The global obesity epidemic now costs the world economy more than alcoholism or climate change, study says.
Obesity is now a threat to the world economy to rival war and terrorism, according to a new report published Thursday.
Taking together the costs of healthcare, of lost productivity and other spending needed to mitigate its impact, consulting firm McKinsey reckons the annual cost of obesity fat now tops $2 trillion, or 2.8% of global economic output. That compares with an estimate of $2.1 trillion for war and terrorism, and for smoking, and is way ahead of alcoholism ($1.4 trillion), illiteracy ($1.3 trillion) and even climate change ($1.0 trillion).
The report is the latest evidence of the spiralling costs of unhealthy lifestyles that combine low levels of exercise (often due to desk-based jobs) with a taste for fatty and sugary foods. And while the problem may have originated in the U.S. and other rich economies, it is now firmly entrenched and growing fast in many countries that are, by most standards, still poor.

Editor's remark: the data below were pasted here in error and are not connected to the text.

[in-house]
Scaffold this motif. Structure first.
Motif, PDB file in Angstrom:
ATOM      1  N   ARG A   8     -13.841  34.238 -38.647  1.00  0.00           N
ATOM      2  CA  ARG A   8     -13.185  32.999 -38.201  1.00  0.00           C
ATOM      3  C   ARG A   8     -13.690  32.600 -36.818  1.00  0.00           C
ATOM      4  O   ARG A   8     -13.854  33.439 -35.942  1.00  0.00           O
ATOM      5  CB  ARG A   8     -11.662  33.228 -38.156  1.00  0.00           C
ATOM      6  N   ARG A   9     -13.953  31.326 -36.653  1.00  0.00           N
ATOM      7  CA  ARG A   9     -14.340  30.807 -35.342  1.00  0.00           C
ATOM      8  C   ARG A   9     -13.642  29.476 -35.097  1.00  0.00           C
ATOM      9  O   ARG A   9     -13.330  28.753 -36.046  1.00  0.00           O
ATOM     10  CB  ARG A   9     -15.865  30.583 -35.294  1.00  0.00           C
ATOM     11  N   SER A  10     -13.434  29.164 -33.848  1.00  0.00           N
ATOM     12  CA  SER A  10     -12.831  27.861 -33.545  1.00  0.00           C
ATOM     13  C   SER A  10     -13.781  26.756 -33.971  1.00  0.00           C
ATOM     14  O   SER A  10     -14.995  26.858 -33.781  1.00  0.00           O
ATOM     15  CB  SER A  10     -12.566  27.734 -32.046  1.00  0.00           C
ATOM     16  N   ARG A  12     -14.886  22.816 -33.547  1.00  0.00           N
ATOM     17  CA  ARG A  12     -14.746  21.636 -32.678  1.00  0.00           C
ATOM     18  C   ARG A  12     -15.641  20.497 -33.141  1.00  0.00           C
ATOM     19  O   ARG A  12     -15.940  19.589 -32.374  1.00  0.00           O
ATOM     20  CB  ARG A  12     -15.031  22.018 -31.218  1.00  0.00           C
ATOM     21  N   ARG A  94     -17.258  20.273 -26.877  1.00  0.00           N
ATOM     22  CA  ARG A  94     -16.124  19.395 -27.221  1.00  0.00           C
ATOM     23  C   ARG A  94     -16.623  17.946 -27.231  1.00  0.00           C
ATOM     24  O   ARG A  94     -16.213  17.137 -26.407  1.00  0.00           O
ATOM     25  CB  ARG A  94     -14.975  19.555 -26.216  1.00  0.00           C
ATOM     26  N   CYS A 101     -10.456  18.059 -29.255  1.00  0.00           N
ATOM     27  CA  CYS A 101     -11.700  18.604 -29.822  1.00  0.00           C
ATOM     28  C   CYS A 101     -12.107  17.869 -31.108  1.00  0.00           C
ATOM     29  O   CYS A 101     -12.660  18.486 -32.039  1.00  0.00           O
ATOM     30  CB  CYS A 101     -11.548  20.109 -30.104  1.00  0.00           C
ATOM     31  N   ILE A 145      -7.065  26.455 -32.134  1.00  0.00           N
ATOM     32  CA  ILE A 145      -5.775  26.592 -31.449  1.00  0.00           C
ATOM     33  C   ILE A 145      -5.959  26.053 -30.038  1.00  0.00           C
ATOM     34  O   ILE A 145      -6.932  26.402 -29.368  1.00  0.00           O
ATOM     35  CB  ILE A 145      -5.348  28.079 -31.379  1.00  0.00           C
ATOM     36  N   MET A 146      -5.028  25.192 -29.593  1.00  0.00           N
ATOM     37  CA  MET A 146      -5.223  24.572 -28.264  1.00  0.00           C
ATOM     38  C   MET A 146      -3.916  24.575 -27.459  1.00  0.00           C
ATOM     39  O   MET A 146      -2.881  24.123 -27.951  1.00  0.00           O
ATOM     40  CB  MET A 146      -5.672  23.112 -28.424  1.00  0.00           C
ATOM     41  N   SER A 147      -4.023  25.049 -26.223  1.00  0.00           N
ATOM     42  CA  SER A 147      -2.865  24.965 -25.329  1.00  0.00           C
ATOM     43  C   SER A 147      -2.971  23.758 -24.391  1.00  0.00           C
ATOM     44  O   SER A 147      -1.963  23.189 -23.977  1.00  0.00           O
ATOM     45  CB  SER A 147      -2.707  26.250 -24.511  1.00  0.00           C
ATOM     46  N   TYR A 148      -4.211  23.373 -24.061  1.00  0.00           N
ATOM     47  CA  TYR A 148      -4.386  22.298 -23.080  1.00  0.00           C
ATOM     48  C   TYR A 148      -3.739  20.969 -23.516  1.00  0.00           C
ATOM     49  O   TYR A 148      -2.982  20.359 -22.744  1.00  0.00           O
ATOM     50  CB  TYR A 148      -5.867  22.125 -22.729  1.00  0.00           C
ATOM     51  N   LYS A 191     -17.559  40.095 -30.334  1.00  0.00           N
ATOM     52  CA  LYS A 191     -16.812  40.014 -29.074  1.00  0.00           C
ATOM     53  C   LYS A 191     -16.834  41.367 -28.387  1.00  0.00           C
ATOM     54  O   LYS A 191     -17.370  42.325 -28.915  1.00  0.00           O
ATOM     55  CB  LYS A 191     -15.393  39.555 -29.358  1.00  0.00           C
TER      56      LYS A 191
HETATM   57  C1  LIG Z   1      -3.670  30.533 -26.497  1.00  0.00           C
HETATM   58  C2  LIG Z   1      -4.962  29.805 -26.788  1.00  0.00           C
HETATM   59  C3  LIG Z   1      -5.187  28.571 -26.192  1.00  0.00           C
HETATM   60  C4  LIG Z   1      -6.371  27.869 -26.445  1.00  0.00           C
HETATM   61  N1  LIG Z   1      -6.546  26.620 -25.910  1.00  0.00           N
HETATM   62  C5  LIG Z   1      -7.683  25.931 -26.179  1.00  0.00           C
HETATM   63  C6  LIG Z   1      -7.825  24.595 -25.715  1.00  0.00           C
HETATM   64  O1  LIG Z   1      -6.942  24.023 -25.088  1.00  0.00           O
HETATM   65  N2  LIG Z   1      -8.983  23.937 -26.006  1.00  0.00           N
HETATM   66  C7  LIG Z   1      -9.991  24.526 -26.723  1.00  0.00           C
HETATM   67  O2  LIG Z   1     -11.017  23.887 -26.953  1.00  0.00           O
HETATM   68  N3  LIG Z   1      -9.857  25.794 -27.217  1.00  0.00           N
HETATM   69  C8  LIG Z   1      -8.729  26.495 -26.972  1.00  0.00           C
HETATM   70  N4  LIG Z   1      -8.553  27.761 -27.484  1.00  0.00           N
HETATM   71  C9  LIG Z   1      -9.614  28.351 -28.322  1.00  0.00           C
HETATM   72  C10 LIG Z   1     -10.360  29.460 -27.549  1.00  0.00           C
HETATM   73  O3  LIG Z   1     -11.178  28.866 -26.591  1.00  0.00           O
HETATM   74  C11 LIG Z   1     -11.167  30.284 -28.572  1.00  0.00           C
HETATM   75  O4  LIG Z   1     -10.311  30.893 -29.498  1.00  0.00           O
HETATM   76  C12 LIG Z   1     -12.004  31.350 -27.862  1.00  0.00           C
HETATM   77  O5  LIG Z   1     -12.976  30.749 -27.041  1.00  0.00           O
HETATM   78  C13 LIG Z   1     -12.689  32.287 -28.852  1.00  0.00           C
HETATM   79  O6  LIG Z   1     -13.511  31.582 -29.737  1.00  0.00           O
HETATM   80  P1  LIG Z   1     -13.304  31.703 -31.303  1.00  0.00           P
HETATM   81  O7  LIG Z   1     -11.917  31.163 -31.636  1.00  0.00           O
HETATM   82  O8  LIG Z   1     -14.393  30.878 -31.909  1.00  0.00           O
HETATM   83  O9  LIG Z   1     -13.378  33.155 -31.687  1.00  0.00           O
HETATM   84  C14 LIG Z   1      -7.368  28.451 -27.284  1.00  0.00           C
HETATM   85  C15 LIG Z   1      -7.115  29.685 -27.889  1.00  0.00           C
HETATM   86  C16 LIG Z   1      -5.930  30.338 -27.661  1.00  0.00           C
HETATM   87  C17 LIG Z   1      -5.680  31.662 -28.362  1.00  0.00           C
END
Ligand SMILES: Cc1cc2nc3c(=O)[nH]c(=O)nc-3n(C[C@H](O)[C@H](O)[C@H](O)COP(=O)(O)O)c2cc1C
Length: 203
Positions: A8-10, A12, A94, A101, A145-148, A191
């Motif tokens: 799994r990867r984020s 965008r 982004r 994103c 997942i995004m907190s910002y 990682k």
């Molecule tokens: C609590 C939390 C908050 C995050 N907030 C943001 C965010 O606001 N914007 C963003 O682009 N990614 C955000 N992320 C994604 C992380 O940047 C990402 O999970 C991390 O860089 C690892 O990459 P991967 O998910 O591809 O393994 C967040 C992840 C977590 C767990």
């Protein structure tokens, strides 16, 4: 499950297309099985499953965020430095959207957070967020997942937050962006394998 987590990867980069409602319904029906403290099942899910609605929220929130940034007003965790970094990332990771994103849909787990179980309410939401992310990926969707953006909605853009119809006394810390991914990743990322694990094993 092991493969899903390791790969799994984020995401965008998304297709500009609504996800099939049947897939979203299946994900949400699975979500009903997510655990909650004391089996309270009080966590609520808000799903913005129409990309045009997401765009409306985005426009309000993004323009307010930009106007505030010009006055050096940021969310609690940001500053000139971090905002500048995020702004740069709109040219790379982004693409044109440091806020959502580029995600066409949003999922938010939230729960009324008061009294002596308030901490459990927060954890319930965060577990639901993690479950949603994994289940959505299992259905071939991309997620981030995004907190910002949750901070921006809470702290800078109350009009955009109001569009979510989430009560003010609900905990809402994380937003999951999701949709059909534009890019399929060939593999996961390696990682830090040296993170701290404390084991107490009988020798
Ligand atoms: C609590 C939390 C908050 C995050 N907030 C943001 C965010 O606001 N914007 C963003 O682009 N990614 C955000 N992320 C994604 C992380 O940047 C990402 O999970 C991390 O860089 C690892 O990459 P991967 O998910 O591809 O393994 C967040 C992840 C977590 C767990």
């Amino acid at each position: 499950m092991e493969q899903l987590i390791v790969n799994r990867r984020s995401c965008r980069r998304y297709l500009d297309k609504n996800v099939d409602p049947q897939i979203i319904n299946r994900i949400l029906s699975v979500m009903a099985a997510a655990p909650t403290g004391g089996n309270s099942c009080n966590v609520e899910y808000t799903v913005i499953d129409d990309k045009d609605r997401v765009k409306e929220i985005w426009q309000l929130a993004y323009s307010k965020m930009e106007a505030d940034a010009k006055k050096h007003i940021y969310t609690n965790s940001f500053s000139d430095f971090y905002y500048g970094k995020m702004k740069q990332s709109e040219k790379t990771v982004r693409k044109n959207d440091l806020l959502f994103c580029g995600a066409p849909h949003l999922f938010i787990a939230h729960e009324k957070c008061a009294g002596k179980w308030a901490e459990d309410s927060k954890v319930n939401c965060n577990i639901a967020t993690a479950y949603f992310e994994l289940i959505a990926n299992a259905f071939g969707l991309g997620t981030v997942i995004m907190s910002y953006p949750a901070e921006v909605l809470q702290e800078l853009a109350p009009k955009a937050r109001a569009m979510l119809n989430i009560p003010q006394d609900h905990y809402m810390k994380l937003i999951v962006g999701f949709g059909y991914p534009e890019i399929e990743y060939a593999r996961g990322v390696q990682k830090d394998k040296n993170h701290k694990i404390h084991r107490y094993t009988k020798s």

The U.N.’s World Health Organization estimates that over one in three adults was overweight in 208, while more than one in 10 was obese. Twice as many people worldwide live in countries where more die from being too fat than from being undernourished. The most frequent causes of death include heart disease and type-2 diabetes. McKinsey estimates that almost half the world’s adult population could be obese or overweight by 2030 if current trends continue.